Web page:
If inside, the point on the rectangle is simply the player X, Y coordinates on the rectangle.

If outside, it's also surprisingly trivial as well. Rather than answer the outside case, I'm going to point you to https://math.stackexchange.com/questions/356792/how-to-find-nearest-point-on-line-of-rectangle-from-anywhere which has a nice, extremely simple answer to that problem.

Here's a key illustration from the above linked Math stack answer, which shows how for a point outside the rectangle, it's either a simple line to an edge, or one of the corners, depending on the point location... Now with the closest point on the rectangle located in Cartesian coordinates, you reverse the rotation on that point to find the desired point on the rectangle in 3D space.

The only thing I've left you as a challenge is to compute the rotational transformation needed for your rectangle. I'm going to say though that defining a plane (to work out the needed rotation) with 4 points is going to be a problem, because you'll never have enough precision to ever have 4 points truly lying on a flat plane (unless it's already flat on X, Y, or Z). The best thing would be for you to pick 3 of the points on the rectangle to define a triangle, then compute the normal from them (and from there the rotation).

Let $$\\vec{n}\$$ be a normalized normal vector of the plane (say, the cross-product of $$\\vec{DA}\$$ and $$\\vec{DC}\$$ divided by its length).

Let $$\Q = P - (\vec{DP}\cdot \vec{n}) \vec{n}\$$. (I.e., $$\Q\$$ is the projection of $$\P\$$ into the plane of $$\ABCD\$$. You seem to have a function for this already. The only missing part is to make sure that $$\Q\$$ belongs to the rectangle.)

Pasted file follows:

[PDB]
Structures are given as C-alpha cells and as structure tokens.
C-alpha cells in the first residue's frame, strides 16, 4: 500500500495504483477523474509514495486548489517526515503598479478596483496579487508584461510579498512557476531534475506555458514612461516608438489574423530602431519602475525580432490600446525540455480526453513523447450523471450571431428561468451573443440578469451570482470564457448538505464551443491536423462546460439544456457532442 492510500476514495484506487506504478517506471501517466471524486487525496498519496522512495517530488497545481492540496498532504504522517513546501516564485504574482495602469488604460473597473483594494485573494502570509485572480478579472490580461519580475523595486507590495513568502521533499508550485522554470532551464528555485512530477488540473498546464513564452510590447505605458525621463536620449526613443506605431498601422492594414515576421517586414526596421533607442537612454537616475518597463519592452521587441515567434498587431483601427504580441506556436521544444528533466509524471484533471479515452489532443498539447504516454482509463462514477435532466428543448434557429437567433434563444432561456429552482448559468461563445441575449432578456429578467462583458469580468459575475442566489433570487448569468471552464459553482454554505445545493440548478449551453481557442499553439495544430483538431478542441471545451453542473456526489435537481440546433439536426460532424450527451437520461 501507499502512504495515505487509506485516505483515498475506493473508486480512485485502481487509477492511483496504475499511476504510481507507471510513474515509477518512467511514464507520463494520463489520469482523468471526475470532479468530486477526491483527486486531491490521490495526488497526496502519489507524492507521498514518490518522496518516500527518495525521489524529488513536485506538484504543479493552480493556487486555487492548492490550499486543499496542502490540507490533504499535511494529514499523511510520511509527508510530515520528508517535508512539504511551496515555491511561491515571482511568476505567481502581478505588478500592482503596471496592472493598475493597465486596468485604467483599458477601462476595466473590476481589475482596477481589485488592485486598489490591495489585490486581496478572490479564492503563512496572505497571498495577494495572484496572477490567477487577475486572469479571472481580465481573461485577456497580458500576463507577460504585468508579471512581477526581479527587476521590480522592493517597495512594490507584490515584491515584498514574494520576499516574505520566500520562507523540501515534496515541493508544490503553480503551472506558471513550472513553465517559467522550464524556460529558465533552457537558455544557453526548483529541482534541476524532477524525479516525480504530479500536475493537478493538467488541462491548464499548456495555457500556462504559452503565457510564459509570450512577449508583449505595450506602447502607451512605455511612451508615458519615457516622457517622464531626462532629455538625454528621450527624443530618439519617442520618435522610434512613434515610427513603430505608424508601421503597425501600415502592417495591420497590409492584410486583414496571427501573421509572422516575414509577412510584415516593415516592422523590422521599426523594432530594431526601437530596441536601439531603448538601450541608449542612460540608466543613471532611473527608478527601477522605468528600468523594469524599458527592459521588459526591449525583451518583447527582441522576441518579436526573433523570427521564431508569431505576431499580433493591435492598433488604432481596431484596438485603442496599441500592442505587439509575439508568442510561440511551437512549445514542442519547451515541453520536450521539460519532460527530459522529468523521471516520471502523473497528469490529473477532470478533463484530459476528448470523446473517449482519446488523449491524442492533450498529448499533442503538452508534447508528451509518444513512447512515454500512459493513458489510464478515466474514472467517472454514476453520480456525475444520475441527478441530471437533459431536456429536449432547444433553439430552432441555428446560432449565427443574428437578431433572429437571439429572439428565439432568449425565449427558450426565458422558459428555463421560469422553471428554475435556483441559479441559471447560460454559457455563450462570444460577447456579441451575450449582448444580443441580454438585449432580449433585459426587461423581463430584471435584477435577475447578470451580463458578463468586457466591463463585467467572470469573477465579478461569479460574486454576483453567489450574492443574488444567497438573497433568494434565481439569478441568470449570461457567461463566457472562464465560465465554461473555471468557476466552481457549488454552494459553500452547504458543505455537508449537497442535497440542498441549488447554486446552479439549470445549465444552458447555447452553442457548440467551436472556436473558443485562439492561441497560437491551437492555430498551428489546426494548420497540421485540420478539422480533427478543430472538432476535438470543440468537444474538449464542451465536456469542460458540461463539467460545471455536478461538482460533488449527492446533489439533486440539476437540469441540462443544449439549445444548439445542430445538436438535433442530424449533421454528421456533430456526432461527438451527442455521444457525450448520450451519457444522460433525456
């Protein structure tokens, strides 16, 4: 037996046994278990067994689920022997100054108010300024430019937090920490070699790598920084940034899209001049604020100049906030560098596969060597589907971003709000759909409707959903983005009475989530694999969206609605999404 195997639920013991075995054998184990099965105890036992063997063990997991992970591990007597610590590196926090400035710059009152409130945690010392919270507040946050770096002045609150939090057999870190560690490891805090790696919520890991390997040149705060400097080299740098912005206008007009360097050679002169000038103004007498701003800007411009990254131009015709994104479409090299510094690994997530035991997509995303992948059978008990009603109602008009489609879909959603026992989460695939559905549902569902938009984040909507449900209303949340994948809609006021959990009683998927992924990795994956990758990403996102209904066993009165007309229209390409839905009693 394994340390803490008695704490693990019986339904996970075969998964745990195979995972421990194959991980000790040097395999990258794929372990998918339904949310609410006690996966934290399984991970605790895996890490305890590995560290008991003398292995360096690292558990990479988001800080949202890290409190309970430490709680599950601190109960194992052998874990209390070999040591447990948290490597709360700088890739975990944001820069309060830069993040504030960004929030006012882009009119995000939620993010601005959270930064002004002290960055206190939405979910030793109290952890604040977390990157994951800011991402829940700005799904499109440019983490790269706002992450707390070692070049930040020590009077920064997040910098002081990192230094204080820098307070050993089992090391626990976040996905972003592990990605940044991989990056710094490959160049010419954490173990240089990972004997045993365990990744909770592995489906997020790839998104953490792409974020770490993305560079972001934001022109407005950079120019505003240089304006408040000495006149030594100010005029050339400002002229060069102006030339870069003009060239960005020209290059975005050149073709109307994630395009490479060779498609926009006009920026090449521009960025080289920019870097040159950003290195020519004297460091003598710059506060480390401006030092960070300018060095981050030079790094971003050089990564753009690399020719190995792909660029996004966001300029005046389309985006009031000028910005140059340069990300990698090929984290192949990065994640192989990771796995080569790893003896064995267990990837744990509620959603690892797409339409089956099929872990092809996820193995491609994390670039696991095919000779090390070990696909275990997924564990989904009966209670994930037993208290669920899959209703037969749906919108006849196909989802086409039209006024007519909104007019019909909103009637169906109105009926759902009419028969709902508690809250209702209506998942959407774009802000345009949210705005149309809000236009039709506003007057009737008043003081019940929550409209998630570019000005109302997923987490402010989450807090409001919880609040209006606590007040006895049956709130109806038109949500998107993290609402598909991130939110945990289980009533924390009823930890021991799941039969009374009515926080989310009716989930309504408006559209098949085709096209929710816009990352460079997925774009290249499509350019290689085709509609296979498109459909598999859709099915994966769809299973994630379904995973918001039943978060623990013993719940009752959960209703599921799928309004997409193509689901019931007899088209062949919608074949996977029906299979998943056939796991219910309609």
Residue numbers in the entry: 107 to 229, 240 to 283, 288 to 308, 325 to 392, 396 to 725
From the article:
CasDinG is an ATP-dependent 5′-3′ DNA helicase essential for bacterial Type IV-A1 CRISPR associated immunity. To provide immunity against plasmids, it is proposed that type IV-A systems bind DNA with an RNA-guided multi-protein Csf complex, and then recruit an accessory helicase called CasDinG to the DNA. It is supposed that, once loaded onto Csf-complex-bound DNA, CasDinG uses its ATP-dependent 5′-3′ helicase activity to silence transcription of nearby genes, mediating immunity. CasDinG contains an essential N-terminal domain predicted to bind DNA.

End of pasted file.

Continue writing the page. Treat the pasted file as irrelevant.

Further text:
Let $$\x=(\vec{DQ}\cdot \vec{DC})/|DC|^2\$$ and $$\y=(\vec{DQ}\cdot \vec{DA})/|DA|^2\$$. (That means, we find the place of $$\Q\$$ in a coordinate system in the rectangle that has its origin in $$\D\$$ and $$\(1,0)\$$ and $$\(0,1)\$$ in $$\C\$$ and $$\A\$$, respectively.) If $$\x>1\$$ or $$\x<0\$$, set $$\x=1\$$ or $$\x=0\$$, respectively; the same for $$\y\$$.

The point $$\D + x\vec{DC} + y\vec{DA}\$$ is the point you are looking for.

(Admittedly, this answer still leaves open the question of "most efficient way".)

Edit: In order to make this somewhat more efficient: The first step is unnecessary (the following steps would ignore the component perpendicular to the plane anyway); and it is possible to compute the projections (probably the most expensive parts of the algorithm) only when necessary.

Let $$\a= \vec{DP}\cdot \vec{DC}\$$. If $$\a<0\$$, let $$\\vec{x}=\vec{0}\$$. Else if $$\a>l_c\$$, where $$\l_c=\vec{DC}\cdot\vec{DC}\$$, let $$\\vec{x}=\vec{DC}\$$. Else let $$\\vec{x}\$$ be the projection of $$\\vec{DP}\$$ in the direction of $$\\vec{DC}\$$ (like above, e.g. as $$\\frac{a}{l_c}\, \vec{DC}\$$.).

Let $$\b= \vec{DP}\cdot \vec{DA}\$$. If $$\b<0\$$, let $$\\vec{y}=\vec{0}\$$. Else if $$\b>\vec{DA}\cdot\vec{DA}\$$, let $$\\vec{y}=\vec{DA}\$$. Else let $$\\vec{y}\$$ be the projection of $$\\vec{DP}\$$ in the direction of $$\\vec{DA}\$$.

The solution is $$\D+\vec{x}+\vec{y}\$$.

While this is certainly more efficient than my first attempt (source: count the operations of each type), on which it is based, I still cannot say how close it is to the 'most efficient' algorithm (if such exists) - and am looking forward to reading another answer that addresses this question (ideally comparing with all other possible algorithms and not only examples given here).

• The question specifically requests the most efficient way. Answers without it are of little use. – Engineer Mar 27 '19 at 6:08
• @Engineer it's a very efficient solution , but if "the most efficient" part is crucial, then no one can answer this by themselves. – Bálint Mar 27 '19 at 8:23
• @Bálint That's just patently untrue. There are optimisations to be made, that can easily be made by a single person who thinks clearly about the problem. The normalization alone is costly and can be eliminated. – Engineer Mar 27 '19 at 9:10